[0013] Fig. 2 illustrates one embodiment of an information management assistant (IM assistant) 200. Agents 210 are processes that execute on the IM clients within the information management hierarchy. The IM Assistant 200 coordinates the activities of the agents 210 to assess whether the organization's information management objectives are being met. Service level objectives (SLOs) 220 define quantifiable parameters set by a systems administrator to govern moving and managing data within the organization's information management hierarchy. Interaction gateway 230 and access gateway 240 are interfaces through which information is provided to the IM assistant 200. Information from the SLOs 220 is provided to the IM assistant 200 through interaction gateway 230. The information from the SLOs 220 permits the IM assistant 200 to perform information management activities that satisfy the parameters set by the systems administrator. The access gateway 240 is an interface through which IM client information 250 is provided to the IM assistant 200. The IM client information 250 may be a data store that contains information about IM clients integrated into the organization's information management hierarchy. The information stored about IM clients could include server names, addresses, or other information allowing the IM assistant 200 to identify a particular IM client within the information management hierarchy. The IM assistant 200 also may discover IM clients for which no information is stored in IM client information 250.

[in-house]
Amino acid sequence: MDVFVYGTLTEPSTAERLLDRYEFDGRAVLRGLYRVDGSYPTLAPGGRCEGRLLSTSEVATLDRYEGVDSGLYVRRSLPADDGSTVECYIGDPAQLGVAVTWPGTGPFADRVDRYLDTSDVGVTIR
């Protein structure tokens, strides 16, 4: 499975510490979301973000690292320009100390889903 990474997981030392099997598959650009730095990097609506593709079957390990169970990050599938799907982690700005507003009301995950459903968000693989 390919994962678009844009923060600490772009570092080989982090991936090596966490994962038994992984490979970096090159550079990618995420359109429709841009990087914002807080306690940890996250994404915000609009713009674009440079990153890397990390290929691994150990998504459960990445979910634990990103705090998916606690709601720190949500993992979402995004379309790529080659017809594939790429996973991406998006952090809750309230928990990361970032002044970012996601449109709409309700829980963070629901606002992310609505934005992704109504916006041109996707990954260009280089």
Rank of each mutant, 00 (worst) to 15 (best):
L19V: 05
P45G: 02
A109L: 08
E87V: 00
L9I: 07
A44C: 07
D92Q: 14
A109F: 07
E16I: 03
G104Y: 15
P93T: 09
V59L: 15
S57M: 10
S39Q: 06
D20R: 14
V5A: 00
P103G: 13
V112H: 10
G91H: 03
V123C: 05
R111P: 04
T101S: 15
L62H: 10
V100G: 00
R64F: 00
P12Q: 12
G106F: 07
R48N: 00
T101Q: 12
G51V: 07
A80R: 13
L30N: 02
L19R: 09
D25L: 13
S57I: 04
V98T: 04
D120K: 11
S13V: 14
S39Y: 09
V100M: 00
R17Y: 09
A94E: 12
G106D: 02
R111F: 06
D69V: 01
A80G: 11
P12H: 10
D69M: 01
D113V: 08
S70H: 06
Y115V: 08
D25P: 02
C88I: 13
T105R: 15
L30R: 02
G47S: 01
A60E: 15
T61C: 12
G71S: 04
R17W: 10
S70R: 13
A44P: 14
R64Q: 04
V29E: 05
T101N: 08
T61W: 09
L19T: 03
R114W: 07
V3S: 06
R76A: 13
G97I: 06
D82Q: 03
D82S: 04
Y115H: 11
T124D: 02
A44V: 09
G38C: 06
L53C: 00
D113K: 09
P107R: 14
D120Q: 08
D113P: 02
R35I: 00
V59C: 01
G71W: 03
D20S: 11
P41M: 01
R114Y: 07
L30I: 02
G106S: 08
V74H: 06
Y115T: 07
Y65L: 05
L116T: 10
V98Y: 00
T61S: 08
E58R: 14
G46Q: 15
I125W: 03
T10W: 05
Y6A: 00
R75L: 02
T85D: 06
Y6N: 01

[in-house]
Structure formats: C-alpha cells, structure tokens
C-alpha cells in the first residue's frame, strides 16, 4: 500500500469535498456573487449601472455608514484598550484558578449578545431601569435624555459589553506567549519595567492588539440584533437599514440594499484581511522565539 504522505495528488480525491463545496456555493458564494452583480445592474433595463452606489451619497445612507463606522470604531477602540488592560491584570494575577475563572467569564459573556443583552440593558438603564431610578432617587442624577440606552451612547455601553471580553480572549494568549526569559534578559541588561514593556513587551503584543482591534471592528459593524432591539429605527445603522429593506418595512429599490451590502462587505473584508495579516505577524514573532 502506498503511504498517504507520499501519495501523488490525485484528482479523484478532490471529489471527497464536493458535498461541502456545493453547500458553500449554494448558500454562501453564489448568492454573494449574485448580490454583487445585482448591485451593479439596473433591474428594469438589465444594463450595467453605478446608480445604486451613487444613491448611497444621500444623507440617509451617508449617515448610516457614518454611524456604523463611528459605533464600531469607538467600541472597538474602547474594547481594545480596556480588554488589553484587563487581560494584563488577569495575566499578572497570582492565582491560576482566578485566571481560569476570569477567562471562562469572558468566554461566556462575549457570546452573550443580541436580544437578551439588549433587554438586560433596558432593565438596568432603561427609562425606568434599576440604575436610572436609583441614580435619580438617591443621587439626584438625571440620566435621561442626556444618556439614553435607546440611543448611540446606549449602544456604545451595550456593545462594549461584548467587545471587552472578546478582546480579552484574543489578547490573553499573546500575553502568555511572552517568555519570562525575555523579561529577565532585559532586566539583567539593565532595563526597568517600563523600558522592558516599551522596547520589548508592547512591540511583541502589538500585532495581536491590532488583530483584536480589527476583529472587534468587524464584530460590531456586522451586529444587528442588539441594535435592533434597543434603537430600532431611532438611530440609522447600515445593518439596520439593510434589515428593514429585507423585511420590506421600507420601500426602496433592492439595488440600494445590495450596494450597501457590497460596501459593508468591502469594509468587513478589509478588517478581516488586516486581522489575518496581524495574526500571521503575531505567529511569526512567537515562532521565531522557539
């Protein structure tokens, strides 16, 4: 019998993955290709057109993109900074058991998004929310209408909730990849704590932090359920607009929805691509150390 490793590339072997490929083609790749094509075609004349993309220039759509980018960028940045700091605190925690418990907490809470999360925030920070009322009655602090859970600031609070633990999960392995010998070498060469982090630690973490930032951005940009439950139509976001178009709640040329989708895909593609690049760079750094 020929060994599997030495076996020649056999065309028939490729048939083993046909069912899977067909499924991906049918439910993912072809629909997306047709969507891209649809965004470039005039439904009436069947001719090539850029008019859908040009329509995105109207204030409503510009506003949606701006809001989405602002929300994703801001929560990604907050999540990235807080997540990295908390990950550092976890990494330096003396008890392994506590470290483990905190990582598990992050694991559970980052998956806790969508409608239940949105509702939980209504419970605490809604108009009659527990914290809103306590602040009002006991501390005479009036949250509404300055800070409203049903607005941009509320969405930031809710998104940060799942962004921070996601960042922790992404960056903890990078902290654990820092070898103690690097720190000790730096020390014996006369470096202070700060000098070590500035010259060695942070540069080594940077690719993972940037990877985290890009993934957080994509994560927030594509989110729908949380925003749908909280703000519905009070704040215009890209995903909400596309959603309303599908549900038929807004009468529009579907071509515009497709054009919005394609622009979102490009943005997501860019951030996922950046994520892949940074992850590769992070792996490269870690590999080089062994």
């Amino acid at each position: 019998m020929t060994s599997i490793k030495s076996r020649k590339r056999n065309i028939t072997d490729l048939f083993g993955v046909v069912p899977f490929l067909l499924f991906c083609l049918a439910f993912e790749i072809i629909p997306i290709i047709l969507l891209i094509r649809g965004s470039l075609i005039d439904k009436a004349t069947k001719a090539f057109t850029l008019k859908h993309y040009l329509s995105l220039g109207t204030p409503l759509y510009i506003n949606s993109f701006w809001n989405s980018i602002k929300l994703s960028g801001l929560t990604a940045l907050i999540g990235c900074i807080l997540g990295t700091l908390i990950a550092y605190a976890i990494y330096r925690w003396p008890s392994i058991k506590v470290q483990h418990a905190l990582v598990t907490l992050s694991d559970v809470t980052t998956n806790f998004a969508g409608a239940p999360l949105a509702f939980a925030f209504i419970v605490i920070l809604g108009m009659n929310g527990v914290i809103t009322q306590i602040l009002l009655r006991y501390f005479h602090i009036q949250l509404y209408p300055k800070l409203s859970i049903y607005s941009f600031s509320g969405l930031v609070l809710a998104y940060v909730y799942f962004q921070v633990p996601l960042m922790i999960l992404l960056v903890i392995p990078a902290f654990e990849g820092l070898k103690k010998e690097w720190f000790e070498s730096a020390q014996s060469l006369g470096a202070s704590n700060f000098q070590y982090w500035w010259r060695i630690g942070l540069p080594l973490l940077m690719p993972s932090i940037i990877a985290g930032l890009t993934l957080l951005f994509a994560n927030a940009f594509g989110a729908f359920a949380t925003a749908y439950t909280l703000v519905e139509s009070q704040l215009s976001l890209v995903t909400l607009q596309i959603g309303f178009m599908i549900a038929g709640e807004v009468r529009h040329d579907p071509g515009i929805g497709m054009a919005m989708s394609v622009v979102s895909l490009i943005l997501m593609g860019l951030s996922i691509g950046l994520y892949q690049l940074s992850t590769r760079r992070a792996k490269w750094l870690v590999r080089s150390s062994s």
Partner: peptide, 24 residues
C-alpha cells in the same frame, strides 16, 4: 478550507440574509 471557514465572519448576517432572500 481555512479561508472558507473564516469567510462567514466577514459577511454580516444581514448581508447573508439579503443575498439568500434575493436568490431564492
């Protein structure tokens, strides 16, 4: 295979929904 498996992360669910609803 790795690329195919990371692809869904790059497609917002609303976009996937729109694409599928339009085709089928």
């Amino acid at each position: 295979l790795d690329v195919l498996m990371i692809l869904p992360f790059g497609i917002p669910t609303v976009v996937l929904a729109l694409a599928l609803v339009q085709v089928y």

[0014] The management components 260 convert information about the information management hierarchy into actions to accomplish the organization's objectives. The configuration component 270 understands the applications that are to be managed on the IM clients. Thus, the configuration component 270 installs appropriate agents 210 on the IM clients. In addition, the configuration component 270 discovers IM entities associated with the IM clients. The discovered IM entities constitute a protection domain. Job control engine 280 generates data movement plans that are designed to satisfy the SLOs 220 defined by the systems administrator. The job control engine 280 dispatches and executes jobs indicated by the data movement plans. The job control engine 280 is also responsible for monitoring execution of jobs over time. Jobs are monitored over time to determine how effectively the executed jobs meet the requirements set forth in the SLOs 220. Information derived from monitoring job execution may be stored in knowledge base 290. If the job control engine 280 determines that executed jobs have not met the requirements set forth in the SLOs 220, then the job control engine 280 may modify the existing data movement plans for future runs. The job control engine 280 may use the information stored in knowledge base 290 to modify the data movement plans. By modifying the existing data movement plans, the results of future runs may better satisfy the requirements of the SLOs 220. [0015] Fig. 3 illustrates another embodiment of an IM assistant 300. Agents 310 are processes that execute on the IM clients within the information management hierarchy. Sourcing agents 320 execute on IM clients that function as sources of information within the information management hierarchy. Examples of IM clients that may function as sources of information include databases storing information resulting from the organization's operations, mail servers that send, receive, and store e-mail, and individuals' computers within the organization. Processing agents 330 execute on IM clients that process information within the information management hierarchy. Information processing within the information management hierarchy could include, for example, compressing data or encrypting data. Persisting agents 340 execute on IM clients that function as data stores within the information management hierarchy. For example, an organization may have one or more centralized data archival sites where data is persisted. An organization could have one centralized data archival site at the organization's location and another data archival site at a location geographically removed from the organization's location. Archiving data at two sites geographically removed from each other could reduce the potential data losses that would result from a catastrophic failure, natural disaster, or sabotage at one of the sites.